Fluid Assessment and Monitoring Balance

The aims of assessing fluid status are to recognise the abnormalities of body water content, recognise underlying disorders, guid fluid intake and replacement and to guid treatments promoting fluid loss.

Clients may have a positive fluid balance (fluid not being used) due to disease or iatrogenic fluid administration. This will result in a net positive fluid balance and manifest as interstitial oedema, which may have adverse effects on the organs.

Disease processes may make fluid status assessment difficult and individual clinical features of fluid status are often insensitive or inaccurate. Therefore, it is important to avoid treating those with underlying cardiac, pulmonary, or renal conditions when it comes to intravenous Micronutrient Therapy.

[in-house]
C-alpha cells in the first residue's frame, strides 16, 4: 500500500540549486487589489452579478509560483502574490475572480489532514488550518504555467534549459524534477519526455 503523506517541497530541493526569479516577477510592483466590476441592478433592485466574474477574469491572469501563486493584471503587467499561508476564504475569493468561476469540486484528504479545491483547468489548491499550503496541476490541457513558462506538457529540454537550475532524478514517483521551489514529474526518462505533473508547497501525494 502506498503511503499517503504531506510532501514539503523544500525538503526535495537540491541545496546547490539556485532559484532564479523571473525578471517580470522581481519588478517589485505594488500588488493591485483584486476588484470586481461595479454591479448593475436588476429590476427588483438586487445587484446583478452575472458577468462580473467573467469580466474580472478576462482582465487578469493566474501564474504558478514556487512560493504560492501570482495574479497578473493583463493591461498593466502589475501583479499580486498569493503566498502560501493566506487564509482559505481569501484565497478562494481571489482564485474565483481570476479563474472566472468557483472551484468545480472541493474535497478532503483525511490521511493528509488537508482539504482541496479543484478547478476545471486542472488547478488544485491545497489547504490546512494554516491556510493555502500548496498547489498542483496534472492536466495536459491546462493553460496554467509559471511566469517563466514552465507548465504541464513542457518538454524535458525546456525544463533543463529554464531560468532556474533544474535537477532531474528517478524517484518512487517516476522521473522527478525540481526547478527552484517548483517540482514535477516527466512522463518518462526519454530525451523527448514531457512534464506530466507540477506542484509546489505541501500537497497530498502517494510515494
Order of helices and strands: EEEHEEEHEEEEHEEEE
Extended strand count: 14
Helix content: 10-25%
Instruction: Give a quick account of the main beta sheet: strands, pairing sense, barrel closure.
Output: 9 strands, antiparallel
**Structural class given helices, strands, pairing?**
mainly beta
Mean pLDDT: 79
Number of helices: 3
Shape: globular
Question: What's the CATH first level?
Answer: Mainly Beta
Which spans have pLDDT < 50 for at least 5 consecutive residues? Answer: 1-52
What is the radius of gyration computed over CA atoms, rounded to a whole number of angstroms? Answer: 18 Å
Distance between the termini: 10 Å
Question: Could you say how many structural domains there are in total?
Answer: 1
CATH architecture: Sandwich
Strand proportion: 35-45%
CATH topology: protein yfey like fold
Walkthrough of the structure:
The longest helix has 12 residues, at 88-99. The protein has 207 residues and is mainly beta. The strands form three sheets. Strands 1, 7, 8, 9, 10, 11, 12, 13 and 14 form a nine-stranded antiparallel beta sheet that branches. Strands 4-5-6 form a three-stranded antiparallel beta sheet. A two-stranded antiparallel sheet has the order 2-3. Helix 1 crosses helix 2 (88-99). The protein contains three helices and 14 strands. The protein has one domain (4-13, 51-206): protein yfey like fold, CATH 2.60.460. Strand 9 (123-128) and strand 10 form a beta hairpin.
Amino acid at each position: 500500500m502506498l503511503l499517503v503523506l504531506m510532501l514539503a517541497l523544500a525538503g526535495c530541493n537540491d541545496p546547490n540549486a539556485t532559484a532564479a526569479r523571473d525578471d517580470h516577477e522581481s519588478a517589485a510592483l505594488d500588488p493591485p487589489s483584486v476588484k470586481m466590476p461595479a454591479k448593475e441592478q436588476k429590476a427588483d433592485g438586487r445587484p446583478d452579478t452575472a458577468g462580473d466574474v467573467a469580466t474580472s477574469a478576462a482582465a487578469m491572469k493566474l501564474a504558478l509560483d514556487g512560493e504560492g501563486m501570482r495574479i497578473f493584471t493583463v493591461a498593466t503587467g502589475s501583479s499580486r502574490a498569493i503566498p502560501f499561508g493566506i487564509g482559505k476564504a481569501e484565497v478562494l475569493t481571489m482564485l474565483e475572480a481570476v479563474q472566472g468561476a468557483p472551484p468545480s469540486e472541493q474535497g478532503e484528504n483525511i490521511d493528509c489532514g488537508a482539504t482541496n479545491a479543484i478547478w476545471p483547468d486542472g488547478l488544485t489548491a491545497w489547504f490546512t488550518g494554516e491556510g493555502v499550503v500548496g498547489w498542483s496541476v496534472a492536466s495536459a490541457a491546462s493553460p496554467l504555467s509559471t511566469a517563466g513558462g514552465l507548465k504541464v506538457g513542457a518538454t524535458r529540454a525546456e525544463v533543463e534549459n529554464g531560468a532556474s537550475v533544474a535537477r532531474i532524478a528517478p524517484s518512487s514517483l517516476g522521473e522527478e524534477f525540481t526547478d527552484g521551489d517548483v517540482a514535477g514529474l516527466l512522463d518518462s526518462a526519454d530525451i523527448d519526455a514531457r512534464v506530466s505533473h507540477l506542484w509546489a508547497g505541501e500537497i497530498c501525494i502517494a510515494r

There are several simple ways to monitor fluid balance. These include taking down fluid balance charts such as measuring input as well as output. Firstly, calculating body weight and using the calculation 40mls/KG/day to see how much fluid a person should be intaking per day.

Reduced renal perfusion may cause serum urea and creatinine to rise. In patients with dehydration or cardiac failure the urea is usually disproportionately raised compared with the creatinine.